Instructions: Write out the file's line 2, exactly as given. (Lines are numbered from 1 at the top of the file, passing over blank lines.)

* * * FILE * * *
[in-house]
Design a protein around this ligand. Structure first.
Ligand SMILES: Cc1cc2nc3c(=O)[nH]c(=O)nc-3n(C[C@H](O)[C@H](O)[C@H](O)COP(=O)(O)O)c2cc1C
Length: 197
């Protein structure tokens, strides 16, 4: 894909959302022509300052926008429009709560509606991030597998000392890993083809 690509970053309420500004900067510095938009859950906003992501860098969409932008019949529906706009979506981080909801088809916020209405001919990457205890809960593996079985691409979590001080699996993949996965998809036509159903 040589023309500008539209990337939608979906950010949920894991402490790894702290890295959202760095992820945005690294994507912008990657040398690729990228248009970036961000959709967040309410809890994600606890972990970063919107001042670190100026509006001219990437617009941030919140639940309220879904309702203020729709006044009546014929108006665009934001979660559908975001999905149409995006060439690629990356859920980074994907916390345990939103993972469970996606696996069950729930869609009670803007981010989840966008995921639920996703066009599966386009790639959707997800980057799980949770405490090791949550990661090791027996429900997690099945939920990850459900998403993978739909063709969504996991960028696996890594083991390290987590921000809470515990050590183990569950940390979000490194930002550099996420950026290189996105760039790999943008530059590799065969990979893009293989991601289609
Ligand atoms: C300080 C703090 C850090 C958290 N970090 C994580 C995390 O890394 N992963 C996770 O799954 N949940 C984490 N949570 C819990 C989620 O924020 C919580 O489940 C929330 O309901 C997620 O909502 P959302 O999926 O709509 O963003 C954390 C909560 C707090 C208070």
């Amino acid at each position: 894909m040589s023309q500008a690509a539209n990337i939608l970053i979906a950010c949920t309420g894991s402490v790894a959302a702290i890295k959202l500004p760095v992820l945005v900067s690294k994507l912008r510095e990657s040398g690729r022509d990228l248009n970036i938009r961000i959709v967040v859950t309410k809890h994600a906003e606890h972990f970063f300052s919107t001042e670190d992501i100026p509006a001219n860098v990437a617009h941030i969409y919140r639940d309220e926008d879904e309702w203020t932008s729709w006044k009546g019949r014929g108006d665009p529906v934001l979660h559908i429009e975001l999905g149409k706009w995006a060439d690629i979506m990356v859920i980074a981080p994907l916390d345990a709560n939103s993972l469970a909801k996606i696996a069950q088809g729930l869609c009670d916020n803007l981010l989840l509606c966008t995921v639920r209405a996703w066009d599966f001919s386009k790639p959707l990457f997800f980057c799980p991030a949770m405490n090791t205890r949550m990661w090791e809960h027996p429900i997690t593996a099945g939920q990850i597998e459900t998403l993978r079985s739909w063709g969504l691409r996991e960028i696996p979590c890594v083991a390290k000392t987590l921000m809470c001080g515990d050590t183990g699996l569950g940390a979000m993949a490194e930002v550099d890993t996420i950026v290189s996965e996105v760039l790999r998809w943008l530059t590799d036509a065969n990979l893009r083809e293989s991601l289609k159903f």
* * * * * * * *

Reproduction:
Design a protein around this ligand. Structure first.